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FireflyFirefly - "Serenity" Movie - Pattayatoday.net Review
Tuesday 4 April 2006, by Webmaster
Assuming you bothered to read the adjacent Computer Monitor column before feasting your eyes upon this veritable cornucopia of movie information; you may now be in a sci-fi sort of mood, whatever that feels like. Well, I hope you are because this issue we are going to be looking at a couple of science fiction themed offerings.
The first is Serenity which has recently hit the DVD stores and the cover is not particularly inspiring. There is a young lady in a martial arts stance holding a large sword, and a tag line “They aim to misbehave” which means nothing. But when you find out some history about the movie, you are tempted to ignore the cover and take out your wallet. Joss Whedon was brought up in a family where both his grandfather and father were script writers. Joss followed in the family tradition and after writing scripts for such diverse offerings as Toy Story and Alien Resurrection; he created the TV series Angel and Buffy the Vampire Slayer. In 2002 he launched a new project, a TV series called Firefly about a motley bunch of renegades surviving in the less appealing parts of the galaxy (imagine Beach Road, but with less rats and more meteorites). Instead of endless banks of mega-phaser guns, the crew relies on martial arts techniques and modest handguns, so much so that the series was considered a mix of the Wild West and sci-fi. The script was sharp and humorous and the series developed a loyal fanbase; but not enough of an audience to stop the men in suits from canceling it mid-series. Undaunted, Whedon continued the story by making a movie, Serenity. Do you remember the original Star Wars movies? They were fun, they were well acted; they could be understood, they were entertaining. Well, Serenity has the same plus points and it is a refreshing change from the turgid mess that Lucas has been giving us over the past couple of years. There are no big names in the cast, but the acting is excellent; helped by great writing that manages to mix humour and drama and tells a story without endless speech-making. This must have been a relatively low budget film, but the effects are believable and the space battles punchy and effective. Great entertainment and well worth the mid-price DVD, especially as there are several extras on the disc which are worth watching. Serenity is a cool movie which you can kick back and enjoy with the cuddle companion of your choice. Primer is a cool movie which you can kick back and enjoy with an ice pack on your brain and a cuddle companion who will leave after thirty minutes complaining that it is incomprehensible. And they will be right. Primer was made by Shane Carruth. He wrote it, directed it, acted in it, produced it, edited it and made the sandwiches for the rest of the cast. It was filmed in his garage and in the houses of his relatives. It was put together on his home computer. The total cost was $7,000; and it won the jury prize at the Sundance Film Festival in 2004. The storyline is simple enough at the beginning. Four engineers spend their evenings in a garage inventing products which they hope might earn them a fortune. Two of them develop a machine in which objects seem to be looping around in time. Turn on the machine for a minute and an object placed within it appears to have been there for 1,347 minutes. So if you had a bigger machine which could take a person, and that person climbed into the machine after it had been turned on for eight hours, he could loop back to the start of the eight hours and then climb out of the machine; and travel back in time. Which is of course precisely what they do; having first checked which stocks have risen sharply during the day so they can go back and buy them at the start of the day. So far, my ageing brain could keep up.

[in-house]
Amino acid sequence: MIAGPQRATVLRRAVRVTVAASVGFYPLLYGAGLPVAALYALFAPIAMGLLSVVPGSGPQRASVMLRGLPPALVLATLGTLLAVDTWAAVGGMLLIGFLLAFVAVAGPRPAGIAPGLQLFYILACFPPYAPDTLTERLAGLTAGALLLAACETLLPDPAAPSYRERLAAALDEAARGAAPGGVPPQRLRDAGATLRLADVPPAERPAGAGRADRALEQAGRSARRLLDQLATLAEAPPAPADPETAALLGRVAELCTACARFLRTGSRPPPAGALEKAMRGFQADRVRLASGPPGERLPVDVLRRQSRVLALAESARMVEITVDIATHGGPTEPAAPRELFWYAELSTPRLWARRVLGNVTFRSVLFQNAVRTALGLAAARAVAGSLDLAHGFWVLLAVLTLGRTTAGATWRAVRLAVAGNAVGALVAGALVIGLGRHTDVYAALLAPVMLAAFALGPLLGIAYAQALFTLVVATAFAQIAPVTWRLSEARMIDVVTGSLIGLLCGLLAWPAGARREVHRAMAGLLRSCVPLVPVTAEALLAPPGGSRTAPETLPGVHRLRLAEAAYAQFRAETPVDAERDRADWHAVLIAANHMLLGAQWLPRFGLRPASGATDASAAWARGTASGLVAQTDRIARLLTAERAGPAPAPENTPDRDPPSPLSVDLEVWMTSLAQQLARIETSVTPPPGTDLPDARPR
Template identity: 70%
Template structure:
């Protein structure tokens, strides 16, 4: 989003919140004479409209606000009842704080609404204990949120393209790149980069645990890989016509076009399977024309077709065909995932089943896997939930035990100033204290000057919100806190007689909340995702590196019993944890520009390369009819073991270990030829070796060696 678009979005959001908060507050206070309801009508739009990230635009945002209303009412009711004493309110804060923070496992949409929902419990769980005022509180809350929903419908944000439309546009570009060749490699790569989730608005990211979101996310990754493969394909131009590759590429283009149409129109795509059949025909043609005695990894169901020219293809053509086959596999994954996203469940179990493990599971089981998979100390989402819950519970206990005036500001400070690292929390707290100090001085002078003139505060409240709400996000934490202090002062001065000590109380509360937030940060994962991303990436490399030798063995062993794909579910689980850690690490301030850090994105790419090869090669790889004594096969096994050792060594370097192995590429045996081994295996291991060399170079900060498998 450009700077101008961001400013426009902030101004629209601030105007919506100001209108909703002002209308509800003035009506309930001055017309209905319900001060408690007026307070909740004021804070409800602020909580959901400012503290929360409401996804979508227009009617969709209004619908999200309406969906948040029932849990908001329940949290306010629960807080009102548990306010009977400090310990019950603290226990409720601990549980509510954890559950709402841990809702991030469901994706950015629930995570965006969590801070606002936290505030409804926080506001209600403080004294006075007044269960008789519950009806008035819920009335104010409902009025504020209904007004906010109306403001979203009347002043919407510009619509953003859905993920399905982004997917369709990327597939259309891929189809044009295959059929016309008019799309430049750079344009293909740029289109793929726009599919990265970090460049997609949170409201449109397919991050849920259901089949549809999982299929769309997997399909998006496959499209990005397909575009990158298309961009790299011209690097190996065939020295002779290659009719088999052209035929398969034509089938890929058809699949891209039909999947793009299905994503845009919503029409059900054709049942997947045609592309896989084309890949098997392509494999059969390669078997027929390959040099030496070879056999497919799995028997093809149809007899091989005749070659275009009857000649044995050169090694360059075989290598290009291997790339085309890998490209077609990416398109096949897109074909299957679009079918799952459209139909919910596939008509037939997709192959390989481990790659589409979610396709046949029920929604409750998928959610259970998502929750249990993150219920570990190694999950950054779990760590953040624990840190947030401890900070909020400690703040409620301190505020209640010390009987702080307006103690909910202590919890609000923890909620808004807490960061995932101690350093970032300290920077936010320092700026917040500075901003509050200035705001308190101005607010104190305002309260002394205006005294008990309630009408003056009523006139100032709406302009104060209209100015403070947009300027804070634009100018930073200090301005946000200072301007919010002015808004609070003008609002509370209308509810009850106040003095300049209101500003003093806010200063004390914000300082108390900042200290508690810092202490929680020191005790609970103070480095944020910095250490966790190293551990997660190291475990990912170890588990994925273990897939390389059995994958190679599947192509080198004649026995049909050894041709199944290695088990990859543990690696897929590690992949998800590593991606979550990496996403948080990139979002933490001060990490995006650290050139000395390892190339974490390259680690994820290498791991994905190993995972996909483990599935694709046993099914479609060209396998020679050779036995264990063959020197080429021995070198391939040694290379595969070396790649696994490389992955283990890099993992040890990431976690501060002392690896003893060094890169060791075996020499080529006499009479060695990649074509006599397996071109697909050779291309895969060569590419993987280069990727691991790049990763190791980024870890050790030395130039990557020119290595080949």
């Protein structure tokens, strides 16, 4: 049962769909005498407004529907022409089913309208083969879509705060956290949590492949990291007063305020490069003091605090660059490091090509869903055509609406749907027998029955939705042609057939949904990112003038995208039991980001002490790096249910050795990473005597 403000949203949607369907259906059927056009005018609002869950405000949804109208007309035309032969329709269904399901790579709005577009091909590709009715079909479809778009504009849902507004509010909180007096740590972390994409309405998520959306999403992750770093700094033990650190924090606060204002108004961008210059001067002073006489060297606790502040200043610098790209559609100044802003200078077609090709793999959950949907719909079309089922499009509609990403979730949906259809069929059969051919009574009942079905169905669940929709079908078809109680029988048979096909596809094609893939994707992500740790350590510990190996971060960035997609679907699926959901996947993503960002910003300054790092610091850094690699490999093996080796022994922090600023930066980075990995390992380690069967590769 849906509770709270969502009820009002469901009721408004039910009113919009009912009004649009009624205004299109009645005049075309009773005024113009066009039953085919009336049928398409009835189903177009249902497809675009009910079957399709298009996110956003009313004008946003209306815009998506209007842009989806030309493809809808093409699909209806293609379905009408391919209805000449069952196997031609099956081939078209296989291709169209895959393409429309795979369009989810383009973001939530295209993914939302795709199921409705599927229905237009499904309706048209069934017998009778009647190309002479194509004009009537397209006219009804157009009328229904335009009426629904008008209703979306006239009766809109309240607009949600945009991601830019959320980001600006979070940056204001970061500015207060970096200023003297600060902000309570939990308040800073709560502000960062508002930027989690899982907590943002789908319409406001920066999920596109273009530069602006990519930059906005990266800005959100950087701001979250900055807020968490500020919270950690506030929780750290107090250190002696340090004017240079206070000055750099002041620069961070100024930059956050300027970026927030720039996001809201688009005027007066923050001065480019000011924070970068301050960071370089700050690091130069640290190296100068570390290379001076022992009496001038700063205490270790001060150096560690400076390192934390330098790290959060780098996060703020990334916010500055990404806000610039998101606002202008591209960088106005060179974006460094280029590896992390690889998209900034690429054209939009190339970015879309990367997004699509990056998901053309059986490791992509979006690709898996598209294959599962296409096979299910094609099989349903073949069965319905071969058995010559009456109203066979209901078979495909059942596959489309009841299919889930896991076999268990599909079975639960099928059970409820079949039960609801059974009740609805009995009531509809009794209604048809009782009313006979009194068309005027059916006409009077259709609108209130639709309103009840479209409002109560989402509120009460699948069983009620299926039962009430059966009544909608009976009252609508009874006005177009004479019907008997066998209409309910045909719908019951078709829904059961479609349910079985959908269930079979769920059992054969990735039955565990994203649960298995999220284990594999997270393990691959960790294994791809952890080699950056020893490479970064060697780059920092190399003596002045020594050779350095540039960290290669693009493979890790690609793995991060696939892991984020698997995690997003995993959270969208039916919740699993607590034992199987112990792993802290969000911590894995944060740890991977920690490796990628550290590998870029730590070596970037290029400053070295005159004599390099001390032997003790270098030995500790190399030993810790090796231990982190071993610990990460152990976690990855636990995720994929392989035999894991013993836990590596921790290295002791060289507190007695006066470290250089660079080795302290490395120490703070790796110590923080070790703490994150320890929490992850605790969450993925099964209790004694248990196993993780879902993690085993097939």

I could also understand that for the eight hours that the machine was running, there would be two copies of the person in existence; one that was waiting to climb into the machine at the end of the day, and one who had already climbed out at the start of the day. But then it all gets very complicated. It is soon apparent that there are multiple copies of these guys around; and you are never really sure which one you are watching, or what is going on. Events occur which have no apparent logic, and your brain is desperately logging them in the hope some explanation will turn up later; which often it doesn’t. When you get to the final scenes of the movie you have enough loose ends to weave a blanket of confusion; and a burning desire to go back and watch it again to try and figure it out. This is one of those movies which generates a heap of web chatter and there are many discussions forums attempting to make sense of the story. Someone has produced a highly complex timeline chart showing where the events in the movie fit into the five separate timelines that are generated from the time machines. No wonder I didn’t understand it! For seven thousand dollars, this is a very well-made movie. It could never be called glossy; but the lo-fi look gives a documentary feel, and the fact that the science speak often leaves you in the role of puzzled spectator, amplifies the documentary feeling. I assume that the maker intended the time travel implications to be complex and difficult to work out, so we would all buy the DVD and watch it several times; in which case he has succeeded admirably. The recommended approach is to watch it twice; then watch it with the director’s commentary, then watch it with cast and crew commentary, then stick you head in a bucket of iced water. After that you can watch it again and all will be clear. I am looking for a bucket. In spite of the complexities, Primer is fun to watch, and fun to think about for days afterwards. You won’t find it in the shops here, but Amazon will send you a copy.